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Petite, peppery Brenda Goodman was always a bit of an odd “man” out in the creative tumult that erupted in Detroit’s Cass Corridor in the 1970s.

If the largely male artistic movement that produced Gordon Newton, Robert Sestok and Michael Luchs had an appealing, rough-edged machismo to it, Goodman, now 72, stood out as an unsparingly introspective painter whose doubts and struggles filled her canvases.

“The guys just didn’t do that,” says Goodman, who has simultaneous shows up now at the Detroit’s Center Galleries at the College for Creative Studies and Paul Kotula Projects in Ferndale.

The exhibits — respectively “Brenda Goodman: Selected Work 1961-2015” and “Brenda Goodman: A Life on Paper” — constitute a remarkable career retrospective spanning 50 years. The two run through Dec. 19.

Of her Corridor comrades, Goodman says, “The guys were all doing war and bullets, and I wasn’t coming from that place.” She recalls one of them told her if she wanted to do “this sort of thing,” i.e., emotionally raw work, “Don’t show it. Put it under your bed.’”

She laughs.

It goes without saying Goodman, who left Detroit for the bright lights and hard struggle of New York in 1976, ignored that well-intended advice.

Paul Kotula, who started exhibiting Goodman in Ferndale in the 1990s, says what he loves about her is her fearlessness. “Brenda’s not afraid to show emotion through material, not afraid of revealing truths,” he says.

That fearlessness is on vivid display starting with her student work from the School of the Detroit Society of Arts and Crafts (now CCS), on an exterior wall just as you enter her show at Center Galleries.

Goodman’s very first painting, “Celeste,” a rough-daubed portrait of a doll with blank, hopeless eyes, tells all you need to know about this artist’s capacity for the deep and the disturbing.

Small wonder CCS’s legendary painting professor Sarkis Sarkisian once referred to Goodman as his “little genius.” (He made her promise, she says, not to tell the other students.)

The doll portrait also speaks to an innate talent for craft, augmented by rigorous instruction in art fundamentals in college. Wandering her show, the word artist and CCS professor Ryan Standfest picks is “succulent.”

And while Goodman has veered from the abstract to the figurative and back over the course of her fertile career, some of her most arresting pieces are self-portraits from her mid-’90s “eating series.”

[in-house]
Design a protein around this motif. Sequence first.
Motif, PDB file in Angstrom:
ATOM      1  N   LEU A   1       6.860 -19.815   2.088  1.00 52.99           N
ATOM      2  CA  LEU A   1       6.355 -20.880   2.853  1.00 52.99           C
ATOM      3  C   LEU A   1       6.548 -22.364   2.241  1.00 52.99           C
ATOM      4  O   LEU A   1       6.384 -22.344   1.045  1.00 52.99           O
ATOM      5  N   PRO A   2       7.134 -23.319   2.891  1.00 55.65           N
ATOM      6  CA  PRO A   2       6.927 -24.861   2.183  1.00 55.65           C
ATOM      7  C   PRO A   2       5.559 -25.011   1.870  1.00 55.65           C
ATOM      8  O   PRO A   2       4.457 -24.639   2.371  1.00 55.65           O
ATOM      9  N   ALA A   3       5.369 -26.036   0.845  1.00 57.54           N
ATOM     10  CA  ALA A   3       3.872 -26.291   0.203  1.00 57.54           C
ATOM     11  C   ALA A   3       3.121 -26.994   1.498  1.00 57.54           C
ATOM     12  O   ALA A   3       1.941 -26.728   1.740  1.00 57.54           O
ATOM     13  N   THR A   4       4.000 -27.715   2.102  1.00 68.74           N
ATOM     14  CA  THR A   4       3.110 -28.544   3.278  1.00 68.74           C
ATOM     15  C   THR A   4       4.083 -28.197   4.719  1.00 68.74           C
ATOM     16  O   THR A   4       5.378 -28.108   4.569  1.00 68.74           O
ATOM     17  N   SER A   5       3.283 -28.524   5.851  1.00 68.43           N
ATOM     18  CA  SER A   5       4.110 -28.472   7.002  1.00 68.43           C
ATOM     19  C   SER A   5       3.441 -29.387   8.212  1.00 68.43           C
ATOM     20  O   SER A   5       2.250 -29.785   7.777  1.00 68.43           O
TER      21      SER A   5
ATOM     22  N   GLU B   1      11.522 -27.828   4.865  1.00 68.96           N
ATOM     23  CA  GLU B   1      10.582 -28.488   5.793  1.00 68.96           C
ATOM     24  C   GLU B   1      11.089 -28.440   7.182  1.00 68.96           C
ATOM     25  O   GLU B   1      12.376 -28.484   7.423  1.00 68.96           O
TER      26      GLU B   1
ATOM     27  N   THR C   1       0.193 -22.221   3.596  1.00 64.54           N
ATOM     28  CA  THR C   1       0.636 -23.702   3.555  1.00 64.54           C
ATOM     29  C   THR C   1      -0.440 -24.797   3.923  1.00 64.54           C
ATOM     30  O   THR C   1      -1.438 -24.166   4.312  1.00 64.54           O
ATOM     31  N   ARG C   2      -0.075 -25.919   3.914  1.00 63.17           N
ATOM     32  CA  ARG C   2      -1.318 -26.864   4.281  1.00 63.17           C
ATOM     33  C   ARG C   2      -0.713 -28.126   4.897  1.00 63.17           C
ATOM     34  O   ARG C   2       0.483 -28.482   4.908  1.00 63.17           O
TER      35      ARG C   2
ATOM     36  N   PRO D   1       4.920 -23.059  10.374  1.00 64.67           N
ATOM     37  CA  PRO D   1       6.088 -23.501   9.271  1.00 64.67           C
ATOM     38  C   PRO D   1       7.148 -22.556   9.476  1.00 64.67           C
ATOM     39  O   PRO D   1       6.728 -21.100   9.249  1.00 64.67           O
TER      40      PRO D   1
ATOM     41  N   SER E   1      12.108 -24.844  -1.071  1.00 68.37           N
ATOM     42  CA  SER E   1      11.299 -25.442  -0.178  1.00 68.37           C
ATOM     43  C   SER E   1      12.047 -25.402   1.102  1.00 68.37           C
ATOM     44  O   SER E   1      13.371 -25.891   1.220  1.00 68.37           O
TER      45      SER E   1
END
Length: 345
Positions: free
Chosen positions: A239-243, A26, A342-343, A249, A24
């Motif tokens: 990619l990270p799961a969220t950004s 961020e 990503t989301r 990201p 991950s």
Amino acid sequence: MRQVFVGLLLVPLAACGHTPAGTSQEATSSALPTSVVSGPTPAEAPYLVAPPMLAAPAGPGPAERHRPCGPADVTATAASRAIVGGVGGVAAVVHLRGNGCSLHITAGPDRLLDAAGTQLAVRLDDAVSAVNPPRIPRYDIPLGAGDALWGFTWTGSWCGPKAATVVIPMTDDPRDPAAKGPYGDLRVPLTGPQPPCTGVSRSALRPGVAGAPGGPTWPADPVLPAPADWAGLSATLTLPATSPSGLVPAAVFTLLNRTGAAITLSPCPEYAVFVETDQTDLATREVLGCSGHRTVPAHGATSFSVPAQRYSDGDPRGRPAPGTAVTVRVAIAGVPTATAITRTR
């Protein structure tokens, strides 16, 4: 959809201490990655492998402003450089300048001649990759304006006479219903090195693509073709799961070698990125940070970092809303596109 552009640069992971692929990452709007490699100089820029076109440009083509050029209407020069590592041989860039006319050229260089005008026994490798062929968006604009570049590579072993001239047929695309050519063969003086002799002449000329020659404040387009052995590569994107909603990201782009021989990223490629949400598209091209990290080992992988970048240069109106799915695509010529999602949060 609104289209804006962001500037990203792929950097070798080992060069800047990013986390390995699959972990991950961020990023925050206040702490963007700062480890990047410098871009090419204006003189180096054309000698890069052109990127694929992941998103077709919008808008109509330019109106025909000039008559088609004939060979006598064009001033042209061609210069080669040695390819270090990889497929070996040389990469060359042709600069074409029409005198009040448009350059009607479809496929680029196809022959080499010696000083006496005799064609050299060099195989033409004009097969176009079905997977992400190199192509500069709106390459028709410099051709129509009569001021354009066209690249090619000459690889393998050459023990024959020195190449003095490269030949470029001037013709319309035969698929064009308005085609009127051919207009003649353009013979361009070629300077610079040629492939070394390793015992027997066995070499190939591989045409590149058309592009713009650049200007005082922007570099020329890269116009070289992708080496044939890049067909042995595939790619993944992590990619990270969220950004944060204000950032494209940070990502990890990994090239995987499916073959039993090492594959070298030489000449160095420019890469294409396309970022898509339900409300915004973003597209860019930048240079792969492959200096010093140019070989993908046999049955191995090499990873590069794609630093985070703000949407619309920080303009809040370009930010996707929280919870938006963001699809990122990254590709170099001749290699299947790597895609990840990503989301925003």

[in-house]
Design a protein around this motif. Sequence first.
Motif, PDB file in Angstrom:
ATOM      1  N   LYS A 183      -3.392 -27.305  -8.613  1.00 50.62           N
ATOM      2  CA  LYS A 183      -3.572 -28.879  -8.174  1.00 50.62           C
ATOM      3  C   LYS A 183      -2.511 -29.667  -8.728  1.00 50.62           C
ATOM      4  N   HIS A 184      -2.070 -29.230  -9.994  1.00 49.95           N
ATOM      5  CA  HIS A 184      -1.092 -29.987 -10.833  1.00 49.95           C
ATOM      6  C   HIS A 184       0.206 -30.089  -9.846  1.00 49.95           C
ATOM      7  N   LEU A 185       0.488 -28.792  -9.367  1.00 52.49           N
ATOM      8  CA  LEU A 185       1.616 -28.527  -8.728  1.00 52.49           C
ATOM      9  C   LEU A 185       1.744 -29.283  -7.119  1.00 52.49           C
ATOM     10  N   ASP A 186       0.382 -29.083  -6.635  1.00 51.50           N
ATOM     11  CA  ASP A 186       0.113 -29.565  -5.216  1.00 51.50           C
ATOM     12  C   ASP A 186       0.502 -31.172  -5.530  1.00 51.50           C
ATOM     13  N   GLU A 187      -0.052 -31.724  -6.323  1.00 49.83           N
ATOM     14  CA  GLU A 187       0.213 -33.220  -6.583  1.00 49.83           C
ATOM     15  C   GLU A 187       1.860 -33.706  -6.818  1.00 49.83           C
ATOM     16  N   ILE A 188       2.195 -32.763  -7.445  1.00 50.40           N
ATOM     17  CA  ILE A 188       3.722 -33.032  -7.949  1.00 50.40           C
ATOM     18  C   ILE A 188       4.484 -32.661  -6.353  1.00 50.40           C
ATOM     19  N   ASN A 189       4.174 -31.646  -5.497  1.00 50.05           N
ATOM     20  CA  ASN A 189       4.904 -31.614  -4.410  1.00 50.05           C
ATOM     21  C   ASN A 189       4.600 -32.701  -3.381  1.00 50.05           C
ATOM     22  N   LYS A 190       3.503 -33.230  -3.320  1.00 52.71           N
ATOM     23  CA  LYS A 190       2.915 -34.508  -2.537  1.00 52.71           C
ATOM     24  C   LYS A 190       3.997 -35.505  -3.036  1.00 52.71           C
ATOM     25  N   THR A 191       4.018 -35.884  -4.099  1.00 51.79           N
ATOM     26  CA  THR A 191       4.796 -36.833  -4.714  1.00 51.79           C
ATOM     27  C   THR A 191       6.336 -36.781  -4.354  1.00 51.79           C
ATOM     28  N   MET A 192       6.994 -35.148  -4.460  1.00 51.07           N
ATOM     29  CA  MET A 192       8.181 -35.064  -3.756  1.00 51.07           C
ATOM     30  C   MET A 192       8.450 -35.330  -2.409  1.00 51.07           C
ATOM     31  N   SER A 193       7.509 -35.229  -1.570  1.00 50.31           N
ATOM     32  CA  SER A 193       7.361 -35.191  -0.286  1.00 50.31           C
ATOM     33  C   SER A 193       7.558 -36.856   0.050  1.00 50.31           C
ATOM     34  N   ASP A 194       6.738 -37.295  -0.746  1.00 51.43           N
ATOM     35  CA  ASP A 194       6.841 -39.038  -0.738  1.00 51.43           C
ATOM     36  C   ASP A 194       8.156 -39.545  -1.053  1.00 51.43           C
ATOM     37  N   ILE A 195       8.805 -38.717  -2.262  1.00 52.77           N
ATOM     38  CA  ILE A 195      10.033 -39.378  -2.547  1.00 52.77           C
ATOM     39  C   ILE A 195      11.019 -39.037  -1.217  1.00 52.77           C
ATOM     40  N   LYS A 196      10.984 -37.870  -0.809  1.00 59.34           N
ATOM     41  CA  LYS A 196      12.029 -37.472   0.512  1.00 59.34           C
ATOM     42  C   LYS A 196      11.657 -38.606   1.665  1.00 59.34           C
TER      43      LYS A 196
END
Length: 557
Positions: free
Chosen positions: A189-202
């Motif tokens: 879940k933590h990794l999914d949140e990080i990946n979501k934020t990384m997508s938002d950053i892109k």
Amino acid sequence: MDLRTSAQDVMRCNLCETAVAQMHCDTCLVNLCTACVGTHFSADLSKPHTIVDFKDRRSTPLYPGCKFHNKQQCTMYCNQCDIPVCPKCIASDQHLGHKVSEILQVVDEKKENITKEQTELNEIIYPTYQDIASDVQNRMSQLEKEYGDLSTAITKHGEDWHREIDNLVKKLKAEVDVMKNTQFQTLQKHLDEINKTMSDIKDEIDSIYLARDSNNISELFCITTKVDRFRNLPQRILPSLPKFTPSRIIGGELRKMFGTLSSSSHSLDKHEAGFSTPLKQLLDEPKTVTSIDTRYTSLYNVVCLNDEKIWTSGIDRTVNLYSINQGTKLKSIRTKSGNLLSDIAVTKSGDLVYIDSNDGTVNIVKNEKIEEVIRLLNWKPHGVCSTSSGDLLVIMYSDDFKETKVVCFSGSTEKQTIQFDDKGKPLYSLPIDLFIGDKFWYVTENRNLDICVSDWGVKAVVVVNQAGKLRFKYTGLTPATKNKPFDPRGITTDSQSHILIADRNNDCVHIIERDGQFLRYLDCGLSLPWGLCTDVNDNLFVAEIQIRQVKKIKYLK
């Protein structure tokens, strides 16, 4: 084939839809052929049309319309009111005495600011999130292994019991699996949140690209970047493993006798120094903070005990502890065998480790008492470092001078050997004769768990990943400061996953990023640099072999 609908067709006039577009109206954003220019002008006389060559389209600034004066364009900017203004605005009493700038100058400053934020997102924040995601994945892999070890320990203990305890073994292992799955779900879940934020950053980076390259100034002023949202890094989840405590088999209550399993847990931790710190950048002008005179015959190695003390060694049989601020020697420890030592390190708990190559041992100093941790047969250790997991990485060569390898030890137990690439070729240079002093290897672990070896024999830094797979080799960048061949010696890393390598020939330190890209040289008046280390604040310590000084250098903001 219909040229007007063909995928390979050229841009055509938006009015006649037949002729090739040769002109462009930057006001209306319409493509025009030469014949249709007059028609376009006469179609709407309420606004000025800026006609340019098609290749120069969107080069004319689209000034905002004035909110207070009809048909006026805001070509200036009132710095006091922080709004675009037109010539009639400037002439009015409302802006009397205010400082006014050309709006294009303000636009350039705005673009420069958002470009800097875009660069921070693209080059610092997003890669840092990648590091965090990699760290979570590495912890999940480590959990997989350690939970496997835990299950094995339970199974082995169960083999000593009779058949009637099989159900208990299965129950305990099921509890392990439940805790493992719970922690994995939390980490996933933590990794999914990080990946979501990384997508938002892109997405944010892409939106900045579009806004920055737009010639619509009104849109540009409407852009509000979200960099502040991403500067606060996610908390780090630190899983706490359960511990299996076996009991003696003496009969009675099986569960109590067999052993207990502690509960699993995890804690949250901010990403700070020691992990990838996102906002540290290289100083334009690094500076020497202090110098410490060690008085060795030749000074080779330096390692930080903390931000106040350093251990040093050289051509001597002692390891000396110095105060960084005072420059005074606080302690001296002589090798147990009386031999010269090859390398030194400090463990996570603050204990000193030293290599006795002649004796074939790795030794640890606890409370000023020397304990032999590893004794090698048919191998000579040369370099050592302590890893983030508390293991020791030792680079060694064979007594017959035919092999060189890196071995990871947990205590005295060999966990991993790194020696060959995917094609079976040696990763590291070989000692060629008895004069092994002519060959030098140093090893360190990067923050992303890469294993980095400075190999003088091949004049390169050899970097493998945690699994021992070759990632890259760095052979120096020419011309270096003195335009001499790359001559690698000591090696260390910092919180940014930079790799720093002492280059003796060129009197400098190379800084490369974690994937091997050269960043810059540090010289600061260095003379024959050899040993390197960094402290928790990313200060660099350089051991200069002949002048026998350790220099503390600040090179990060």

That this slim, tomboy-ish artist ever had a weight problem is hard to figure, given how she looks today. But like many, she’s struggled, and that effort and anguish made its way into drawings and paintings.

“It had to,” Goodman says, “because my work is so connected to what’s going on with my body, my being, and my life.”

At CCS, “Self Portrait 4” may remind you a bit of Goya’s “Saturn Eating His Son,” though Goodman’s reference is more historical than stylistic.

All the same, the vast painting is a potent essay in helplessness and self-loathing that anyone, whether they’ve had a weight problem or not, will immediately grasp.

As the art critic John Yau recently wrote in Hyperallergic, “(Goodman) has had a long interest in what lies behind appearances, in the demonic and grotesque forces percolating beneath the surface.”

But this is an artist with a sense of humor, as well.

With “Two Figures in the Rain,” a work on paper at Paul Kotula Projects, Goodman’s rendered herself and her lover of 27 years, Linda Dunne, as two agreeably lumpy, side-by-side boulders in Central Park.

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‘Brenda Goodman: Selected Work 1961-2015’

Through Dec. 19

Center Galleries, College for Creative Studies, 301 Frederick, Detroit

10 a.m.-5 p.m. Tuesday-Saturday (closed the day after Thanksgiving)

(313) 664-7800

‘Brenda Goodman: A Life on Paper’

Through Dec. 19

Paul Kotula Projects, 23255 Woodward, 2nd floor, Ferndale

11 a.m.-5 p.m. Thursday-Saturday

(248) 544-3020

Paulkotula.com

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